drive down(redirected from driving down)
1. To drive to a place farther south than one's current location. We're planning to drive down to Florida and thaw out from the Boston winter.
2. To drive someone or something to another location. In this usage, a noun or pronoun can used between "drive" and "down." I can't leave for the beach until Saturday—can you drive me down? Mom is going to drive all of that stuff down to campus next weekend.
3. To cause something to decrease quickly. In this usage, a noun or pronoun can used between "drive" and "down." That dilapidated old house has driven down house prices in our neighborhood. There's no magic pill that will drive your cholesterol down.
Farlex Dictionary of Idioms. © 2015 Farlex, Inc, all rights reserved.
drive someone down
(to some place) to transport someone to some place (as in town or away from home), or to a relatively lower place or to a place in the south. She drove herself down to the hospital. We have to drive Andrew down to school in the fall.
drive something down
(to some place) to transport a vehicle to a place by driving it there. I will drive the car down to the college and leave it there for you. I'll drive down the car and meet you. Do I have to drive the car down? Can't you fly up here and get it?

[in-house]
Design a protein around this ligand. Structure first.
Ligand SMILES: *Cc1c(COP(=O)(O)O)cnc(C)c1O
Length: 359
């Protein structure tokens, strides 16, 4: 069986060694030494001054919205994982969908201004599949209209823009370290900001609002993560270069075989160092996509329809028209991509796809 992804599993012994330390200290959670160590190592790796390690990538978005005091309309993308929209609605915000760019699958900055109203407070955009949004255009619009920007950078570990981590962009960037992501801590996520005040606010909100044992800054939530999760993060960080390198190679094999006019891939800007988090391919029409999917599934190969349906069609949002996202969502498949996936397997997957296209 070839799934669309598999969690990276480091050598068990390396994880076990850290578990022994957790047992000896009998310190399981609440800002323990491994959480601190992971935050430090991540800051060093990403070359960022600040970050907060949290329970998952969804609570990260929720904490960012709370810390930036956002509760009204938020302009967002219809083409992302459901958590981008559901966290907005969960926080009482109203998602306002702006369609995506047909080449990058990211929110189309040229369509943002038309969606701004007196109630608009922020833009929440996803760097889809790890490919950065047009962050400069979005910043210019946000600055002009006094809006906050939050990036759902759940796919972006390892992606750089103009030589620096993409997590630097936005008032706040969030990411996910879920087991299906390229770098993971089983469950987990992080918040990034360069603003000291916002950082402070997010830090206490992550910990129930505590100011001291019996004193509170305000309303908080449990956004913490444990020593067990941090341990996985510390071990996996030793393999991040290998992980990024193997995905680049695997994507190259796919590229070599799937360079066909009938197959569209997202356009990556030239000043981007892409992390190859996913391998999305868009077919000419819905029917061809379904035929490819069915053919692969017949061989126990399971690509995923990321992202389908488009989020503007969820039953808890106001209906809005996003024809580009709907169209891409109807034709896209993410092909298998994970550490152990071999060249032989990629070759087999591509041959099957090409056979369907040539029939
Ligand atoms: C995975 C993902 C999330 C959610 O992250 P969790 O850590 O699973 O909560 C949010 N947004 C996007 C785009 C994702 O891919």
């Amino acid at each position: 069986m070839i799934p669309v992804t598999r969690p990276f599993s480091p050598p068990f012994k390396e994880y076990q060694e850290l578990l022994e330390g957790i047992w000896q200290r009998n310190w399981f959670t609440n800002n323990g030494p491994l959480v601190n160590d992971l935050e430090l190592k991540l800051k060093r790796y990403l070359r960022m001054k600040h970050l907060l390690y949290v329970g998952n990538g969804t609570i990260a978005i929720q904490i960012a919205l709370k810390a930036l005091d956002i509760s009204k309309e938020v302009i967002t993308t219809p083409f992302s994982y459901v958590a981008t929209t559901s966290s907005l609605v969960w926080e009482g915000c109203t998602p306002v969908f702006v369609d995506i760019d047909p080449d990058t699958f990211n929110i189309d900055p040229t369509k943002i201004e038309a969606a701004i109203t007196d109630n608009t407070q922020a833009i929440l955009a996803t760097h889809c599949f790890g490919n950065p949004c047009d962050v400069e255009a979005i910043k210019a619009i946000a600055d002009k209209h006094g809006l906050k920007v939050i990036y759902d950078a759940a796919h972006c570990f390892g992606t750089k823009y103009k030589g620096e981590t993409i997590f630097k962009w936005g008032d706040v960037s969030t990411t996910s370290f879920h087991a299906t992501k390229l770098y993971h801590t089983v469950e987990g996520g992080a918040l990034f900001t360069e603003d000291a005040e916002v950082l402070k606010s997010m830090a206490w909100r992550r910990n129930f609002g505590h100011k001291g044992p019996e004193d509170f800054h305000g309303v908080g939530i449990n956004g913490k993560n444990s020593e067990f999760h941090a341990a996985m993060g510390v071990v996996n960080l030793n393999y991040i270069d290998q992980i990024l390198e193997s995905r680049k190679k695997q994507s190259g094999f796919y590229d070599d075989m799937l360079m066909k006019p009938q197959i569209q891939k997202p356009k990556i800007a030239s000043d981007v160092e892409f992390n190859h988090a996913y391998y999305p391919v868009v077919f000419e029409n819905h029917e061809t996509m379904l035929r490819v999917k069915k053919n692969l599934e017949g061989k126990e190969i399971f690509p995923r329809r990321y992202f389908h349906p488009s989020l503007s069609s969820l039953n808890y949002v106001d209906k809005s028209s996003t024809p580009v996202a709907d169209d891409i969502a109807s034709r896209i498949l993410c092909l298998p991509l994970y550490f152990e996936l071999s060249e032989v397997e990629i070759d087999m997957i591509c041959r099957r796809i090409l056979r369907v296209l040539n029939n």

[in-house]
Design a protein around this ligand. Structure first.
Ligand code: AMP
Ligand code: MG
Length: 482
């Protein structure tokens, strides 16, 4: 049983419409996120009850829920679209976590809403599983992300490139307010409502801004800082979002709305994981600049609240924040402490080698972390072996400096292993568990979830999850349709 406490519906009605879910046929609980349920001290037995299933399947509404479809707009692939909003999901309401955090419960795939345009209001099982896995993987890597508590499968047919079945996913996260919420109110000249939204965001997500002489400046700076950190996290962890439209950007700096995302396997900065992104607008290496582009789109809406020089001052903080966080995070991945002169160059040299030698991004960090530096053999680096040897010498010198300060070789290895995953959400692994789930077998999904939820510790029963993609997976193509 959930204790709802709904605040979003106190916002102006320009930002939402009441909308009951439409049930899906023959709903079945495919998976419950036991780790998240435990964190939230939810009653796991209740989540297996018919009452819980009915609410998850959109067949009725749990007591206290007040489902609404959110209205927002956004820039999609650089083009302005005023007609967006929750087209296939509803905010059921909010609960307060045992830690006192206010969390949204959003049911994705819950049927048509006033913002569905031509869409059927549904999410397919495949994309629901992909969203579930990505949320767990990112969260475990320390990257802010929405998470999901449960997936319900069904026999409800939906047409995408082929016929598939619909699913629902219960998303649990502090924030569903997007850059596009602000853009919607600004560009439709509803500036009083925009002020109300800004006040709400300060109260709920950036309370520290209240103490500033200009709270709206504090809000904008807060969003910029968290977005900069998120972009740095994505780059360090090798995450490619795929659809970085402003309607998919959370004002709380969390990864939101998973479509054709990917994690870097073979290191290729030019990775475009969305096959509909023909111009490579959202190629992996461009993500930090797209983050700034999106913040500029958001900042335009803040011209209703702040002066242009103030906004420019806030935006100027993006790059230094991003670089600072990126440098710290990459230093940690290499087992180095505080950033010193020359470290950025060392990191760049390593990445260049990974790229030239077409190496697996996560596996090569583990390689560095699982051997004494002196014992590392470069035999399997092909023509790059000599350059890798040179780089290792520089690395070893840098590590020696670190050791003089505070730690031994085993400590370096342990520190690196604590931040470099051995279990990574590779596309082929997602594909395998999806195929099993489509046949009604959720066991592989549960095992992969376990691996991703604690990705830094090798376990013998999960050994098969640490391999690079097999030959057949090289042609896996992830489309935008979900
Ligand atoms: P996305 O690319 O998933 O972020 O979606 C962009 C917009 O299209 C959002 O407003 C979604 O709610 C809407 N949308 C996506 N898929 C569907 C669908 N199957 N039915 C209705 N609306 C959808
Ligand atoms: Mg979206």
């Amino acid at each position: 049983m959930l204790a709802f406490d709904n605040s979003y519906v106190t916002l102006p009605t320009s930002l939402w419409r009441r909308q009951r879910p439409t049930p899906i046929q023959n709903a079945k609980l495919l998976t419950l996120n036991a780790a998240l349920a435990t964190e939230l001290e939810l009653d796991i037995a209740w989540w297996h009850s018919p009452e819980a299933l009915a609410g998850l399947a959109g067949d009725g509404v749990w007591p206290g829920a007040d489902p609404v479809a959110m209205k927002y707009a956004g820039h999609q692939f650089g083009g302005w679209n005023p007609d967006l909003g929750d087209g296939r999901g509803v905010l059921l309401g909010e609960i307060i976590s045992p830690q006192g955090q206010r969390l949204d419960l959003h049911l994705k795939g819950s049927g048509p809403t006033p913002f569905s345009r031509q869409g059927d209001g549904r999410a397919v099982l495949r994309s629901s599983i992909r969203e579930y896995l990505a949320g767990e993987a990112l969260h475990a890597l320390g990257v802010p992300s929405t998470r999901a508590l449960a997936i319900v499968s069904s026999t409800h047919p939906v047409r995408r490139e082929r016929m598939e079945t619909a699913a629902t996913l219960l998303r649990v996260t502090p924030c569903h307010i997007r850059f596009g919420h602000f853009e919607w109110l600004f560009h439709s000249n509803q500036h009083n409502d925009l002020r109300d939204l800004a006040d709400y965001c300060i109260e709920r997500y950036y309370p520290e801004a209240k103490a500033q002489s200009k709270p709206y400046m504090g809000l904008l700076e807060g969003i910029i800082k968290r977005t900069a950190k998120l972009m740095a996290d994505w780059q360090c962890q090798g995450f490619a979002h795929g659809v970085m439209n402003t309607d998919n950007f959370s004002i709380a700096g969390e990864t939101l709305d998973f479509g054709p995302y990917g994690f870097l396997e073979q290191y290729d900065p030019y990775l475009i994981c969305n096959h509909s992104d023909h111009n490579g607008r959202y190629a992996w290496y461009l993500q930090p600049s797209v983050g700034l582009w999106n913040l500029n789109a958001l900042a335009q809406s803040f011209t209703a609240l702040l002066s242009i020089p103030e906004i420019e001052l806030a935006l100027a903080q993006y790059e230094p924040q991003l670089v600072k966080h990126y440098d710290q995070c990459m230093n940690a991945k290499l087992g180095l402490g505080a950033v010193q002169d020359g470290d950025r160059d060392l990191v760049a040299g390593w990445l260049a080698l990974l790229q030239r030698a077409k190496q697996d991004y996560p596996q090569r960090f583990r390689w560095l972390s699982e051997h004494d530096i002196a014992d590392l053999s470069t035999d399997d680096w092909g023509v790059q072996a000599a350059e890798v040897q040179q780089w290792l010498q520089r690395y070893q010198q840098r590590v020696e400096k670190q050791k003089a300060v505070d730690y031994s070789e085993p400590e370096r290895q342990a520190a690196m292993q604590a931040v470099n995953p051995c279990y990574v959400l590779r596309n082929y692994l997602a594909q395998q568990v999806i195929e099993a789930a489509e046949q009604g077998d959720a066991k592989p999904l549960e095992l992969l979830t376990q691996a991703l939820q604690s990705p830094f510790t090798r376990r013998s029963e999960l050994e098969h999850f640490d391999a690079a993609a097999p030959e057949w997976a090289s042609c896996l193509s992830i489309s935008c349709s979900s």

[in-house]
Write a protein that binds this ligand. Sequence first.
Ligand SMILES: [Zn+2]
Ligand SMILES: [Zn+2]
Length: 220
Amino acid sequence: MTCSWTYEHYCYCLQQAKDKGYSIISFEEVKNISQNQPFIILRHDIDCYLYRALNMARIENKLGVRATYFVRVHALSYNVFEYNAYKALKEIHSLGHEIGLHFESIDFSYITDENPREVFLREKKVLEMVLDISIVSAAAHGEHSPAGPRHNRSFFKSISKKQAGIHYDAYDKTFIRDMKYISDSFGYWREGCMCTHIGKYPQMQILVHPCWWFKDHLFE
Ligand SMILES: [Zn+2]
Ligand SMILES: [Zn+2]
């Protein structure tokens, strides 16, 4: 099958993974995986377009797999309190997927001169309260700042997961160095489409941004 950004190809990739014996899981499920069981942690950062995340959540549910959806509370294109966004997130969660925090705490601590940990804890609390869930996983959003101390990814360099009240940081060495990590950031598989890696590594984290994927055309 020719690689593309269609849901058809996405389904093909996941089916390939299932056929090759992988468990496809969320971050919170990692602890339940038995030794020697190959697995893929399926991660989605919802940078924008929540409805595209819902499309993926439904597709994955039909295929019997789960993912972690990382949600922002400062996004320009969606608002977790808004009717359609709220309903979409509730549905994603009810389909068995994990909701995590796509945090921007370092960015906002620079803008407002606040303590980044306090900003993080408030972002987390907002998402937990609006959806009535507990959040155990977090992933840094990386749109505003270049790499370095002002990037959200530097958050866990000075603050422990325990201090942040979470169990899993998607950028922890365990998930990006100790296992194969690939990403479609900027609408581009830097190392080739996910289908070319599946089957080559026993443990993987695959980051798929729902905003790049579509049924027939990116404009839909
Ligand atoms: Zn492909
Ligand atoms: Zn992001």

(to some place ) to go in a vehicle to a relatively lower place or to a place in the South. We are going to drive down to Houston for the weekend. We were going to fly to Florida, but it will be nice to drive down.
McGraw-Hill Dictionary of American Idioms and Phrasal Verbs. © 2002 by The McGraw-Hill Companies, Inc.
1. To drive a vehicle downward, southward, or along some path: We drove down to Florida for winter break. They drove down the street in the van.
2. To drive some vehicle downward, southward, or along some path: My sister drove my car down to Florida. She drove the motorcycle down the road.
3. To cause something to decrease rapidly: The increase in supply drove down the costs. The ongoing war drove travel down.
The American Heritage® Dictionary of Phrasal Verbs. Copyright © 2005 by Houghton Mifflin Harcourt Publishing Company. Published by Houghton Mifflin Harcourt Publishing Company. All rights reserved.